Doped Organic Semiconductors

Conjugated polymers are poor electronic conductors for two principal reasons: their amorphous structure has a significant disorder and they do not have free charge carriers. Therefore, to increase the concentration of free carriers, we need to dope the conjugated polymers. Many electronic and optoelectronic properties of conjugated polymers emanate from free-charge carriers. These properties are the basis for applications such as light-emitting diodes, field-effect, and electrochemical transistors, photovoltaics,  redox batteries, thermoelectrics,  and sensors.


Conjugated polymers are typically doped via electron transfer by exposing them to molecules—termed as dopants—that can either remove or add electrons. This simple process introduces complexities in the electronic structure because of the charge-charge Coulomb interactions between the dopant and the polymer. This long-range interaction is much more pronounced in polymers than inorganic semiconductors because of their low dielectric constants. Poor screening of the dopant-polymer interactions increases energetic disorder, alters the width and the shape of the distribution of the density of states (DOS), and suppresses the density of free charge carriers. These factors adversely affect charge transport and thus the electronic and optoelectronic properties of the polymer.

Our Approach

We recently demonstrated a method to measure electrical conductivity (σ ) and Seebeck coefficient (α) via a controlled de-doping of vapor-doped films of conjugated polymers. Our method is unique because it captures the trend  over a four-orders of magnitude  conductivity window using a single sample and without modulation doping. Our general approach, therefore, will be to measure the α vs. σ curve via a controlled de-doping of vapor-doped films of conjugated polymers over a broad range of carrier concentrations. We will fit the data to computational models to understand the effect of the dopants on the DOS using a previously reported phonon-assisted hopping model. Concurrently, we will use simulations to identify specific experimental parameters for altering dopant-DOS interactions. This tightly-coupled closed loop, where the experiments will guide simulation and vice versa, makes us perfectly positioned to identify levers to mitigate the impact of dopants on the DOS and thus the charge transport in doped conjugated polymers.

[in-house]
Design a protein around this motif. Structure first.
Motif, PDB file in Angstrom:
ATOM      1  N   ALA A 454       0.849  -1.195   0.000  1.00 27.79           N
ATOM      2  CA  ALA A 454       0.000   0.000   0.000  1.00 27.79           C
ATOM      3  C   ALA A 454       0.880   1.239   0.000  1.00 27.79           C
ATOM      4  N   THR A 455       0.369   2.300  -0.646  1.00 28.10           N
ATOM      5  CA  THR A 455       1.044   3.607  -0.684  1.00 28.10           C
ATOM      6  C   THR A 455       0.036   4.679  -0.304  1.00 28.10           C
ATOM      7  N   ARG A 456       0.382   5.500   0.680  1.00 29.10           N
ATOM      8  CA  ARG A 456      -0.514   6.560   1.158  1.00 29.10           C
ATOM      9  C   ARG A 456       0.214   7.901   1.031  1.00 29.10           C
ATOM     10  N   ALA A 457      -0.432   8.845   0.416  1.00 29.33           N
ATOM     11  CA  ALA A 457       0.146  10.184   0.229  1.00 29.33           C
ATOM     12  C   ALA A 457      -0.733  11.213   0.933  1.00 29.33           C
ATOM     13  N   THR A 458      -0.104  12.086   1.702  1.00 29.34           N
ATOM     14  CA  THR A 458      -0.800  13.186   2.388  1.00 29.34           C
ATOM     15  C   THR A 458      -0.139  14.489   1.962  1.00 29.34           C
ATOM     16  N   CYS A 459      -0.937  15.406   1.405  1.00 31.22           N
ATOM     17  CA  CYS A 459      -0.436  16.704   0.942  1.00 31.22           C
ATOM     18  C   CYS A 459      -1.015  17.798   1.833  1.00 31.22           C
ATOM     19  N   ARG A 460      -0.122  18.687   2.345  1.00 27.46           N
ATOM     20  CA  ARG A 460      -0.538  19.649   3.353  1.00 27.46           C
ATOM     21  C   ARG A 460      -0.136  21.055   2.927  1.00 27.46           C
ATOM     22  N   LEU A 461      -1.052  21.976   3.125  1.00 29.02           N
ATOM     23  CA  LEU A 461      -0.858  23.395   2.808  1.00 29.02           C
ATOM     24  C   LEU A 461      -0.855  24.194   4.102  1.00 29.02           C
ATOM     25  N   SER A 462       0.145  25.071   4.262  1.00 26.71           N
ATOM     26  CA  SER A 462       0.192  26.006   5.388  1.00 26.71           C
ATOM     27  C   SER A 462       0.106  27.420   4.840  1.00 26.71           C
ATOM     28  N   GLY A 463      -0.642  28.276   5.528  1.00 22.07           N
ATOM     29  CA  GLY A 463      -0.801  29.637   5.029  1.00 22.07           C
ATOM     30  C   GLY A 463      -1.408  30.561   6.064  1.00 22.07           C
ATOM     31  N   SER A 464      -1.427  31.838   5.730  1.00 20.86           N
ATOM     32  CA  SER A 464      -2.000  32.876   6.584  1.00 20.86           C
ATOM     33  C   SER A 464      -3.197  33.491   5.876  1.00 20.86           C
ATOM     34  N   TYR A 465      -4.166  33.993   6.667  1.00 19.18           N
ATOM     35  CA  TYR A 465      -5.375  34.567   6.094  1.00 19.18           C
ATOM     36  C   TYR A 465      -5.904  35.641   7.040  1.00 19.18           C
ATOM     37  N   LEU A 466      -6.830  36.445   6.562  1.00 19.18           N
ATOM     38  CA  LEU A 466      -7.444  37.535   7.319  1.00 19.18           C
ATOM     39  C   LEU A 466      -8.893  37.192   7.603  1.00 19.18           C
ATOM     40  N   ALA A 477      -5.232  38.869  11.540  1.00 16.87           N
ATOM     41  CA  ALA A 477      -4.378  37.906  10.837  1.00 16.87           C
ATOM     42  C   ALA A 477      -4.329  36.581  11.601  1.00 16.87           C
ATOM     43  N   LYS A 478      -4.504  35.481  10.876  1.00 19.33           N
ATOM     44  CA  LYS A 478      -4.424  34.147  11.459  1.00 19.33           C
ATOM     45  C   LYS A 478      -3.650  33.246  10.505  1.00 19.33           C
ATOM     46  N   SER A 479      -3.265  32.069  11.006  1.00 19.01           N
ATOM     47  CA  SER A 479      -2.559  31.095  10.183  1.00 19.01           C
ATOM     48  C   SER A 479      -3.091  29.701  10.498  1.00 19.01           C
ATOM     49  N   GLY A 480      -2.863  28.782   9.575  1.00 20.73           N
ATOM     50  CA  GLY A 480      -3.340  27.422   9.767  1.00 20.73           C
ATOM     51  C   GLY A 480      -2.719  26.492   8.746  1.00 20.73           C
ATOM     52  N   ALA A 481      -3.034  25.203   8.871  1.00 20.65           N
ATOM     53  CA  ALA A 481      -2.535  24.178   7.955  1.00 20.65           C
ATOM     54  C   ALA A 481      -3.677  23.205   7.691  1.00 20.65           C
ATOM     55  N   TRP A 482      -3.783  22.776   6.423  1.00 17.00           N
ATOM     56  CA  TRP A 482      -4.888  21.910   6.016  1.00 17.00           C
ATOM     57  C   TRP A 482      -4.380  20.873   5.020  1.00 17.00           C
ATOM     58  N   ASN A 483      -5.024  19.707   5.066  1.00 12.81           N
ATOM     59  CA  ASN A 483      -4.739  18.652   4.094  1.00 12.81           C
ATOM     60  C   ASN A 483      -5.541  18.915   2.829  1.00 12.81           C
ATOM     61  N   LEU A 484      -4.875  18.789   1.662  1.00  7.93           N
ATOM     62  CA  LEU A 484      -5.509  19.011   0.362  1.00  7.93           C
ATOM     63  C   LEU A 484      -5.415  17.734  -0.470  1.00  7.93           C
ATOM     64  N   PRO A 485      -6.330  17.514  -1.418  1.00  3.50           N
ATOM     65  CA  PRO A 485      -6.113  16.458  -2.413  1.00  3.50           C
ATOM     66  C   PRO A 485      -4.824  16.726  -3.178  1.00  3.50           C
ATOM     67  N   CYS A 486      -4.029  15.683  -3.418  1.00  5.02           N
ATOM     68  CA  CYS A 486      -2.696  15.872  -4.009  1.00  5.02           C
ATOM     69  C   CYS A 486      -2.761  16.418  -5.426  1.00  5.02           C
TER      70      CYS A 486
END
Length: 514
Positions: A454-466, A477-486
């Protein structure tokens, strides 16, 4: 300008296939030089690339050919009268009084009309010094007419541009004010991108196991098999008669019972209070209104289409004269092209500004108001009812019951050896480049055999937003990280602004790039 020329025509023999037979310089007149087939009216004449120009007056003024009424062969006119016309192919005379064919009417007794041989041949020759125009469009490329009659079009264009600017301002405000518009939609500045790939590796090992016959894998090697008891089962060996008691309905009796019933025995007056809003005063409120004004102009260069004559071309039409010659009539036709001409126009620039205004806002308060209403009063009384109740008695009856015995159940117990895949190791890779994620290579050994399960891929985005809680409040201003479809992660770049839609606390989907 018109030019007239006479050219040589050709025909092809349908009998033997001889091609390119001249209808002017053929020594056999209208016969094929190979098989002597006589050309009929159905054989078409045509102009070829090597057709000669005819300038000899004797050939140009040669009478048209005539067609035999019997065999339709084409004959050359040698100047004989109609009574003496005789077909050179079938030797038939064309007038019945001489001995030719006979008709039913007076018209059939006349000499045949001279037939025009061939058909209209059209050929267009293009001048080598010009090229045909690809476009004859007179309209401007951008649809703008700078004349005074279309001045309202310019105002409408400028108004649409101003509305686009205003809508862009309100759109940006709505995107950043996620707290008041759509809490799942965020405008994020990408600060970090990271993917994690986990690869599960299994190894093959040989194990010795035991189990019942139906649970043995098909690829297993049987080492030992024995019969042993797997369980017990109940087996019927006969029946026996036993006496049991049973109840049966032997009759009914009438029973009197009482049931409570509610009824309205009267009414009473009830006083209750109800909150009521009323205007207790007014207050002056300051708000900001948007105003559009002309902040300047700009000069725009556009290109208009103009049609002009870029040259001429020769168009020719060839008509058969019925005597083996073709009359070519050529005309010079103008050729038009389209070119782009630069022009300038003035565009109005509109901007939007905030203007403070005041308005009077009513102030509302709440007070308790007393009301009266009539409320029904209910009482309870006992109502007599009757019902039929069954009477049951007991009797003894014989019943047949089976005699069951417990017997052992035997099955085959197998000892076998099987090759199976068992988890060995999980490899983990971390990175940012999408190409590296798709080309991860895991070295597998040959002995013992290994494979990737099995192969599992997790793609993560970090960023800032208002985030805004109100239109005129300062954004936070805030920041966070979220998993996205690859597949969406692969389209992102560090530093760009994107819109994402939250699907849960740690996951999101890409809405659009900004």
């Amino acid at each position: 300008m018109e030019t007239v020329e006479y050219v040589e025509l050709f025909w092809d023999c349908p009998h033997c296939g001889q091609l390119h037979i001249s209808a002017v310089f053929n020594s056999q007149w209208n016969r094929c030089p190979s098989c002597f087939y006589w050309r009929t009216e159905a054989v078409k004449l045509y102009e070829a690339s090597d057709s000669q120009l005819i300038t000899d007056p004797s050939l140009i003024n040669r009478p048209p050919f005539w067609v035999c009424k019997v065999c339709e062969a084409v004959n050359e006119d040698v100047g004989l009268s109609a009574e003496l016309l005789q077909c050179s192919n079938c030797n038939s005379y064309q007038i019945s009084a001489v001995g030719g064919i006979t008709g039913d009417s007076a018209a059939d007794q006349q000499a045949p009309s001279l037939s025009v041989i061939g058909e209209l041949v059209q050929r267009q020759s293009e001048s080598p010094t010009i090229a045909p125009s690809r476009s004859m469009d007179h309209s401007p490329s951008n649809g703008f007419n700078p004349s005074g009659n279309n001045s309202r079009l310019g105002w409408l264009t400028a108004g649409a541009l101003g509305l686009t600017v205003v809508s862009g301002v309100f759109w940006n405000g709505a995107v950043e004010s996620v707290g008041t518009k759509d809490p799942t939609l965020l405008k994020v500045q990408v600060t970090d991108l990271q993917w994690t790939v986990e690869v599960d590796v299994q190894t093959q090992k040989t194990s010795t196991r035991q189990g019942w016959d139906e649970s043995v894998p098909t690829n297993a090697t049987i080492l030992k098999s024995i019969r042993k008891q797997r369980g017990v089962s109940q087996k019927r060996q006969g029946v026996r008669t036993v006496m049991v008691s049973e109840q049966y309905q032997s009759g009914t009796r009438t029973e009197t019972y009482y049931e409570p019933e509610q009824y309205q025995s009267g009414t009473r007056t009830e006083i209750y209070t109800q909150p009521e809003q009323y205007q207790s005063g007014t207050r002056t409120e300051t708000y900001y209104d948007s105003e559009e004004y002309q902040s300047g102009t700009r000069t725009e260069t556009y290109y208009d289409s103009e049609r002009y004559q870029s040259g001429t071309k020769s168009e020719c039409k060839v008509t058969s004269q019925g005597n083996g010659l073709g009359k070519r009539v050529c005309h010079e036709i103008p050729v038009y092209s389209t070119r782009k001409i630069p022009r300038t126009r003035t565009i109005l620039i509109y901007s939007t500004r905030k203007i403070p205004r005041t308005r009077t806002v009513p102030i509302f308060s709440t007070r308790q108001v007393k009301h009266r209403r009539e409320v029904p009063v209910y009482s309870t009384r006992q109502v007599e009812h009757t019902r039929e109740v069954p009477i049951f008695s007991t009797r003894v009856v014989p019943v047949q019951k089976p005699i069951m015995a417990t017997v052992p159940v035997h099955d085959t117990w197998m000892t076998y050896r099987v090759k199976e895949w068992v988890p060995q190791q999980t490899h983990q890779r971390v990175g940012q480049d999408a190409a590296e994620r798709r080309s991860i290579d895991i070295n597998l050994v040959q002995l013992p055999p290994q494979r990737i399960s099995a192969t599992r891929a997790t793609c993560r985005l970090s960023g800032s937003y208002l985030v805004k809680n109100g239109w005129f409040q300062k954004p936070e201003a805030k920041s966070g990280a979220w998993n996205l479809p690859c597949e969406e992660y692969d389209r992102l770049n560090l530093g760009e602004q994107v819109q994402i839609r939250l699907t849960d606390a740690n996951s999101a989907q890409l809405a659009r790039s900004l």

Key Publications

Boyle, C. J.; Upadhyaya, M.; Wang, P. J.; Renna, L. A.; Lu-Diaz, M.; Jeong, S. P.; Hight-Huf, N.; Korugic-Karasz, L.; Barnes, M. D.; Aksamija, Z.; Venkataraman,  D.  “Tuning Charge Transport Dynamics Via Clustering of Doping in Organic Semiconductor Thin Films”, Nat. Commun. 2019, 10, 2827 . DOI:10.1038/s41467-019-10567-5

Upadhyaya, M.; Boyle, C. J.; Venkataraman, D.; Aksamija, Z. “Effects of Disorder on Thermoelectric Properties of Semiconducting Polymers”, Sci .Rep. 2019, 9, 5820. DOI:10.1038/s41598-019-42265-z


Prof. Zlatan Aksamija and NET lab. Department of Electrical and Computer Engineering at UMass Amherst